Solomon & the Temple

Read: 1 Kings 8:22-53; Matthew 24:1-2

As we return to the story of Israel, we pick up with David’s son, Solomon, who succeeds him as King of Israel. Now that Israel had become settled in the land God had promised them, King Solomon brought his father’s dream to fruition by building a physical temple, as a substitute for the more mobile tabernacle of their wilderness wanderings.

The completion of the Temple should have been the onset of Israel’s golden age, with King David passing on the mantle to Solomon and the “last piece” of Israel’s settlement in the land being completed. The same way as with the Tabernacle, the Temple was meant to be a place where God dwelled, and where the people could meet with God. But in Solomon’s prayer, it seems like he already knows how sin will invade the lives of the people of Israel, by the way he says “when”- “When anyone wrongs their neighbor…” “When Israel sins against you…” and so on. Because of this, in each of these prayers, Solomon pleads with the Lord to “listen” to their cries and forgive them, and remember the covenant that holds them together.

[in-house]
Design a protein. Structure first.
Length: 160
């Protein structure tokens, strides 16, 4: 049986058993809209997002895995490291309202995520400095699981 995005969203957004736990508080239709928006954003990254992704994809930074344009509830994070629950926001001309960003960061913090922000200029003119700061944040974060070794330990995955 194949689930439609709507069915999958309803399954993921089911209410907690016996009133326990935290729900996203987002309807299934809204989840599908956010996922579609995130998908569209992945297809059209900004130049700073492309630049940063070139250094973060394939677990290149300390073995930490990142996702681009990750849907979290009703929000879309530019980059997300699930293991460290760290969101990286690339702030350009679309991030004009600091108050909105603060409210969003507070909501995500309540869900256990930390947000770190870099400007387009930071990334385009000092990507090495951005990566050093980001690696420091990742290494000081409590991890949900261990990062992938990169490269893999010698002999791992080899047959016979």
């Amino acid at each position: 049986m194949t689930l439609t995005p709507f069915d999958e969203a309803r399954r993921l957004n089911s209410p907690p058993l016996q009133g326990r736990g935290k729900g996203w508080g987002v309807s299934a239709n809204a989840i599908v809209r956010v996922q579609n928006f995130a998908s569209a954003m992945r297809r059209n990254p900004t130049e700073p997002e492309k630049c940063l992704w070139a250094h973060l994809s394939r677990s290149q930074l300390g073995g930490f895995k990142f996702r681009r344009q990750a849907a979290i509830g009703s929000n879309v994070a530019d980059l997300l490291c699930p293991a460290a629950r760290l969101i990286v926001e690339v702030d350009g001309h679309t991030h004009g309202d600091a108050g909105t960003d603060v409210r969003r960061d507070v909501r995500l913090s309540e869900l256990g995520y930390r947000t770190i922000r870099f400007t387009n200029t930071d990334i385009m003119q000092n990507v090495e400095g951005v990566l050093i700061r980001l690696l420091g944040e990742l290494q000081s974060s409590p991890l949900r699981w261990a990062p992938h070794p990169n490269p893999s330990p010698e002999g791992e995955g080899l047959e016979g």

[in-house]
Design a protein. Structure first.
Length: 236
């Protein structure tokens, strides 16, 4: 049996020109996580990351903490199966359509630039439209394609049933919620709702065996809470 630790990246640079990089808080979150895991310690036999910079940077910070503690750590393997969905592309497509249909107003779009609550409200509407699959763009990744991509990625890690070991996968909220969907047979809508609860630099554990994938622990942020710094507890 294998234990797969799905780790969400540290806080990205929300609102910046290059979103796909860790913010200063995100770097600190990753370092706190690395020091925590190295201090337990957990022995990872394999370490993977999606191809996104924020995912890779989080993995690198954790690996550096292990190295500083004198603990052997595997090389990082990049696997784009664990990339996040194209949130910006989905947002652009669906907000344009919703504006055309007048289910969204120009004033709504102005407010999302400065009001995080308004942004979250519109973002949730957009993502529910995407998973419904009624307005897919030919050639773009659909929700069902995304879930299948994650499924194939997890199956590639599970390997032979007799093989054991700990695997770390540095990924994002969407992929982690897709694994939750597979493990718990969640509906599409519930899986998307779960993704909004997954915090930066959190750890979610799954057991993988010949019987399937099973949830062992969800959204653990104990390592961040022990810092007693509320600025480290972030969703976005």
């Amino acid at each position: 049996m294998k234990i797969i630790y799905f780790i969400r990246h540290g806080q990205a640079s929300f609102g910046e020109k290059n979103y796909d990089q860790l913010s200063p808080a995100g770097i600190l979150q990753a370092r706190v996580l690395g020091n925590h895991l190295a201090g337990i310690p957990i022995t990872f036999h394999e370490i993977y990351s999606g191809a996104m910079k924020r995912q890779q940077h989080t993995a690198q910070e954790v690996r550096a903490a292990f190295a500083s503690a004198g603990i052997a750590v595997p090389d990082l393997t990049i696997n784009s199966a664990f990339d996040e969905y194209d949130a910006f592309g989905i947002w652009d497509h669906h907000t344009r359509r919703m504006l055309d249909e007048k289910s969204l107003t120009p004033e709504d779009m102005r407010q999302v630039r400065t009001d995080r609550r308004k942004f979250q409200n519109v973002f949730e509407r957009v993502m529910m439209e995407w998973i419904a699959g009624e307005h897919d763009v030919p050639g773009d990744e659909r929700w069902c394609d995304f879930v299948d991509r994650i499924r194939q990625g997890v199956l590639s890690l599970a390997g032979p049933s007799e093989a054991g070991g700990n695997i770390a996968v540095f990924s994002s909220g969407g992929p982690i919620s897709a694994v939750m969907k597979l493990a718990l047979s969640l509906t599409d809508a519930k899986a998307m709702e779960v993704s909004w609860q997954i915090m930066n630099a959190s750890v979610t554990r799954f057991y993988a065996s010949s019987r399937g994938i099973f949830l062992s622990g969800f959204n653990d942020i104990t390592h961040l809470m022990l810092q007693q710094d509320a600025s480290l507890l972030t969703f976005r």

While Solomon’s reign started out well, it eventually initiated a downward spiral that led to the destruction of Israel, and consequently, the Temple and priesthood became corrupted as well. However, despite all of this, God was not tied down to the physical Temple or the city of Jerusalem- God heard His people while they were in exile and eventually sent Jesus to be the Temple in its truest form: the place where Heaven meets Earth.

Today, we don’t have a physical Temple at the center of our lives, but we do know that God hears us when we pray, no matter where we are. We also know that through the Holy Spirit, the Church is meant to represent the Body of Christ, which Jesus Himself referred to as a Temple to God. In fact, we are called once again into this Temple to partner with God’s Spirit as representatives and places where Heaven and Earth meet, and that is such good news, for us as well as those around us!


  1. Which part of Solomon’s prayer stuck out to you most?
  2. When you’ve prayed before, have you always felt like God was really listening?
  3. What was the point of building a physical Temple for Israel if God didn’t need to live in it and could not be contained by it, and if it would eventually be destroyed?
  4. Have you ever experienced a time that felt like Heaven and Earth collided? Describe it.
  5. Read 1 Peter 2:9. Does anything change in how you understand this verse in light of what we’ve studied about the Temple?

Supporting Resources